The devastation wrought by the First World War in the sheer quantity of life lost saw an upsurge in the popularity of spirit mediums, to the extent that no less an authority on the rational than Arthur Conan Doyle fell under their spell. Given that this rise in open chicanery coincided with the birth of the detective novel, it surprises me that The Psychic Killer took such a long time to appear in GAD, perhaps owing to its intersection with the impossible crime and the associated difficulties of explaining away the tricks on the page — The Reader is Warned (1939) by Carter Dickson being easily the best example of a very, very small subset.
In the comments of my review of The Sweepstake Murders (1931) by J.J. Connington, TomCat pointed out that the author’s sole impossible crime novel was among my recently-acquired bundle, and here we are. In Whose Dim Shadow, a.k.a. The Tau Cross Mystery (1935), however, begins with a shooting in an unlocked room in an unlocked flat that also has a set of footprints leading away from the open French windows and which forms the basis of the majority of the narrative. And a very entertaining narrative it is, too, only falling down when Connington shanghais pace for exposition, and struggling in the final straight due, in all likelihood, to external concerns.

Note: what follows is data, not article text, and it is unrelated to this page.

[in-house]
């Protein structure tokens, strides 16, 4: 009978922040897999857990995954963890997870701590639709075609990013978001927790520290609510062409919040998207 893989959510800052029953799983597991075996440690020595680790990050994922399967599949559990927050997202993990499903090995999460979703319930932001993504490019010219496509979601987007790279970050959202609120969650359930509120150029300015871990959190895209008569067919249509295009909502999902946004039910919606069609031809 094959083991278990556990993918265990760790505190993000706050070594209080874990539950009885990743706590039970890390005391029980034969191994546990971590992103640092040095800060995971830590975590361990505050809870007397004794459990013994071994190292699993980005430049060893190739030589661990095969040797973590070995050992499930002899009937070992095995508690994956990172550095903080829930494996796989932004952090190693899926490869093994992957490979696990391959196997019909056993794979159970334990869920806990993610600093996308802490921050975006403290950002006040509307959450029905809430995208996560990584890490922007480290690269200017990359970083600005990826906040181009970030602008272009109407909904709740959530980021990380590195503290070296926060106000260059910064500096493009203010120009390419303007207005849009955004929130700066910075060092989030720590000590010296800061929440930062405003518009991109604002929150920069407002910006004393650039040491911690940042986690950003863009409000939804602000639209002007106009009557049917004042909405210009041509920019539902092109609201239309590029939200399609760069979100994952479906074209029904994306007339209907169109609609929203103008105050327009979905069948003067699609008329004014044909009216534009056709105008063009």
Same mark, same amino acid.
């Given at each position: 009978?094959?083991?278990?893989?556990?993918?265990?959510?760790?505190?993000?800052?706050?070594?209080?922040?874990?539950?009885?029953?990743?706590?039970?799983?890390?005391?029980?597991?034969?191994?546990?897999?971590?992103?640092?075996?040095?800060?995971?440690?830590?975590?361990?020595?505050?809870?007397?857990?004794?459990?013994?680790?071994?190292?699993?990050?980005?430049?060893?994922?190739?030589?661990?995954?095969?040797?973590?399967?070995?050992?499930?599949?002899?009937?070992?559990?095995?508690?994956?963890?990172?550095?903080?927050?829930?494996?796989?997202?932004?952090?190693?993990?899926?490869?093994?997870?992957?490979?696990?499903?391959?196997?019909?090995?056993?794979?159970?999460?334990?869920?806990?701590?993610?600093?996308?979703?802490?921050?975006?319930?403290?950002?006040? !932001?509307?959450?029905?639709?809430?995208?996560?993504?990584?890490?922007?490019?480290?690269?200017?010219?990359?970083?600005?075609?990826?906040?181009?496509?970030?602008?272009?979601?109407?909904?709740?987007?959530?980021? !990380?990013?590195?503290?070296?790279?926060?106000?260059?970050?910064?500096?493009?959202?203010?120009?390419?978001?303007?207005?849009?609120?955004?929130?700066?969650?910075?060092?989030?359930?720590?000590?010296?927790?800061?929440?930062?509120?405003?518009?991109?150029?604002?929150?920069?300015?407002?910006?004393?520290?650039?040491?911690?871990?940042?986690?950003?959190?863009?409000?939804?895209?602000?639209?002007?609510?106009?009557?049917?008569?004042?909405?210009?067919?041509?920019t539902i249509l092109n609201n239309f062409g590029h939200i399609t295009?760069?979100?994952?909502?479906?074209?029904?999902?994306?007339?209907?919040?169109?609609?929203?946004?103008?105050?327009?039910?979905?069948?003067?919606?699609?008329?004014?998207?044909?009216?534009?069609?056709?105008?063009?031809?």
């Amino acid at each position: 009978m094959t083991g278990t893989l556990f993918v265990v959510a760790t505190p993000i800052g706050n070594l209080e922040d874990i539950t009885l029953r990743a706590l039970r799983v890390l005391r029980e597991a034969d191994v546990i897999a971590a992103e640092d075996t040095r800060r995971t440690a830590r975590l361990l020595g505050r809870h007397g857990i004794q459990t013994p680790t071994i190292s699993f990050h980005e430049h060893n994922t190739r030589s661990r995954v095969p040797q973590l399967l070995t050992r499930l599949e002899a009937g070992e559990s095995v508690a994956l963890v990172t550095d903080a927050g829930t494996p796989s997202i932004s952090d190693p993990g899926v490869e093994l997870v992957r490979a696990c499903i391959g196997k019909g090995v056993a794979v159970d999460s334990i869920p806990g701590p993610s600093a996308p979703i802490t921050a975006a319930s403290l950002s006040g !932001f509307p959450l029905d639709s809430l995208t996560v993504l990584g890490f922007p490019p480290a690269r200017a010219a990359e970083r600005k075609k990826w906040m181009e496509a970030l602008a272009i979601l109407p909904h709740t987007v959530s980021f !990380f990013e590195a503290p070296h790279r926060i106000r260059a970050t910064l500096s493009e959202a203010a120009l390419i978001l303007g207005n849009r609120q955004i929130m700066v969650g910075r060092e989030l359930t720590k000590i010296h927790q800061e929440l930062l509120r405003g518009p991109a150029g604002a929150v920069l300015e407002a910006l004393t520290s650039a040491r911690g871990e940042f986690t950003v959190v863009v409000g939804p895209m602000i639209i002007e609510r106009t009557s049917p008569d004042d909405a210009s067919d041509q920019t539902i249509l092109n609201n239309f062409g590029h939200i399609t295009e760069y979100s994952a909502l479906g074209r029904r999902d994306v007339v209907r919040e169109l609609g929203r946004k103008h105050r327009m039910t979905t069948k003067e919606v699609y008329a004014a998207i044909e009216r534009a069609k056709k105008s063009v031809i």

You may have missed the subtle hint I put up recently about buying some J.J. Connington books, but, with 18 to choose from, where to start? Well, if there’s a GAD touchstone I enjoy almost as much as a “no footprints” murder it’s a tontine, so The Sweepstake Murders (1931), which sees nine associates win £241,920 (or £16 million in today’s money) to be divided among them is a great place to reattempt Mt. Connington. Because £241,920 spilt nine ways is less each than when it’s split eight ways, which would be less than splitting it seven ways, which would be less than splitting it six ways…you can see how someone starts to think, can’t you?
It’s been a fun ride with Dorothy Blair and Evelyn Page, but now we reach the end. A mere five books came from these two ladies under their Roger Scarlett nom de plume, and it’s thanks to the tireless work of the folk at Coachwhip publications — and GAD’s own Curtis Evans — that these hugely enjoyable novels have been made available again. Because enjoy them I have, and my feelings about this final volume are amplified by having read all that preceded it; without that context, I (and possibly you — be forewarned) would not have gotten quite as much out of this last hurrah. As it is, and as you can clearly see above, I loved it to bits.
The name Clifford Orr first came to my attention on account of the Roland Lacourbe-curated ‘100 Books for a Locked Room Library’ list featuring Orr’s second and final novel, The Wailing Rock Murders (1932). So when that title cropped up in this twofer of Orr’s complete output, I snapped it up and just had to wait for sufficient snow to clear from the peak of Mount TBR. And, as it happens, I’m posting this review of his debut novel The Dartmouth Murders (1929) a mere two days after what would have been Orr’s 120th birthday — entirely by accident, as anyone who has met me in real life will be able to attest. Such organisation is not one of my strong points.